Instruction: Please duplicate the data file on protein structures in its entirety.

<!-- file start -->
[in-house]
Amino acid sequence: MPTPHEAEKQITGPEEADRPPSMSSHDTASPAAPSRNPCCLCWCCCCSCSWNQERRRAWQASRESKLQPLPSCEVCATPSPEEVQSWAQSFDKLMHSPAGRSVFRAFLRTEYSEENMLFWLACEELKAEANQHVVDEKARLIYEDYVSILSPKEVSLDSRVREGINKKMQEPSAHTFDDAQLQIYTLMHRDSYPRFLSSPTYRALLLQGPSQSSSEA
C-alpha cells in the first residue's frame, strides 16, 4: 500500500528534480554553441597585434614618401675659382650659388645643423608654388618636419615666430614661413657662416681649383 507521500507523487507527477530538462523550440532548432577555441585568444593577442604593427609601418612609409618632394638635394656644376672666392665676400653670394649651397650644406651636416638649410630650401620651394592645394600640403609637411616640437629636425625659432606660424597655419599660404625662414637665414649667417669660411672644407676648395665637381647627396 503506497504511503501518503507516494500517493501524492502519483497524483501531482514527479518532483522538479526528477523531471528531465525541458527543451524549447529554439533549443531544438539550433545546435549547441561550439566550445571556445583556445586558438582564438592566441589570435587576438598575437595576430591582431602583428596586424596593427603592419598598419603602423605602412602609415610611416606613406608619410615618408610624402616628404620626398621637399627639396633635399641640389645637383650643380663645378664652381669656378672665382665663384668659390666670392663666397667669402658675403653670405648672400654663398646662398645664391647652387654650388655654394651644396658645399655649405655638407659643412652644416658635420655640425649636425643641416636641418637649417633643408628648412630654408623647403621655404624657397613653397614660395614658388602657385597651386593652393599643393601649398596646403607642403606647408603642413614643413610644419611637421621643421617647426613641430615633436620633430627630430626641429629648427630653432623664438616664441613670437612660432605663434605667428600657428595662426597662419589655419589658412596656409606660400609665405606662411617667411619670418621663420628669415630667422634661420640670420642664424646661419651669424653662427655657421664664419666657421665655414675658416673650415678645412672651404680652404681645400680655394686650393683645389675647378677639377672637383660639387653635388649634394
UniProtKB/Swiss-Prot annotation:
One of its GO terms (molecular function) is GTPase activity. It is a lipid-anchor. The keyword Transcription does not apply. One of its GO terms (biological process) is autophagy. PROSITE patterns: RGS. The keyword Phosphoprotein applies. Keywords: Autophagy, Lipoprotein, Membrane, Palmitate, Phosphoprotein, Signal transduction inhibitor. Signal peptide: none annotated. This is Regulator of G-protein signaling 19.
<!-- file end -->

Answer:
[in-house]
Amino acid sequence: MPTPHEAEKQITGPEEADRPPSMSSHDTASPAAPSRNPCCLCWCCCCSCSWNQERRRAWQASRESKLQPLPSCEVCATPSPEEVQSWAQSFDKLMHSPAGRSVFRAFLRTEYSEENMLFWLACEELKAEANQHVVDEKARLIYEDYVSILSPKEVSLDSRVREGINKKMQEPSAHTFDDAQLQIYTLMHRDSYPRFLSSPTYRALLLQGPSQSSSEA
C-alpha cells in the first residue's frame, strides 16, 4: 500500500528534480554553441597585434614618401675659382650659388645643423608654388618636419615666430614661413657662416681649383 507521500507523487507527477530538462523550440532548432577555441585568444593577442604593427609601418612609409618632394638635394656644376672666392665676400653670394649651397650644406651636416638649410630650401620651394592645394600640403609637411616640437629636425625659432606660424597655419599660404625662414637665414649667417669660411672644407676648395665637381647627396 503506497504511503501518503507516494500517493501524492502519483497524483501531482514527479518532483522538479526528477523531471528531465525541458527543451524549447529554439533549443531544438539550433545546435549547441561550439566550445571556445583556445586558438582564438592566441589570435587576438598575437595576430591582431602583428596586424596593427603592419598598419603602423605602412602609415610611416606613406608619410615618408610624402616628404620626398621637399627639396633635399641640389645637383650643380663645378664652381669656378672665382665663384668659390666670392663666397667669402658675403653670405648672400654663398646662398645664391647652387654650388655654394651644396658645399655649405655638407659643412652644416658635420655640425649636425643641416636641418637649417633643408628648412630654408623647403621655404624657397613653397614660395614658388602657385597651386593652393599643393601649398596646403607642403606647408603642413614643413610644419611637421621643421617647426613641430615633436620633430627630430626641429629648427630653432623664438616664441613670437612660432605663434605667428600657428595662426597662419589655419589658412596656409606660400609665405606662411617667411619670418621663420628669415630667422634661420640670420642664424646661419651669424653662427655657421664664419666657421665655414675658416673650415678645412672651404680652404681645400680655394686650393683645389675647378677639377672637383660639387653635388649634394
UniProtKB/Swiss-Prot annotation:
One of its GO terms (molecular function) is GTPase activity. It is a lipid-anchor. The keyword Transcription does not apply. One of its GO terms (biological process) is autophagy. PROSITE patterns: RGS. The keyword Phosphoprotein applies. Keywords: Autophagy, Lipoprotein, Membrane, Palmitate, Phosphoprotein, Signal transduction inhibitor. Signal peptide: none annotated. This is Regulator of G-protein signaling 19.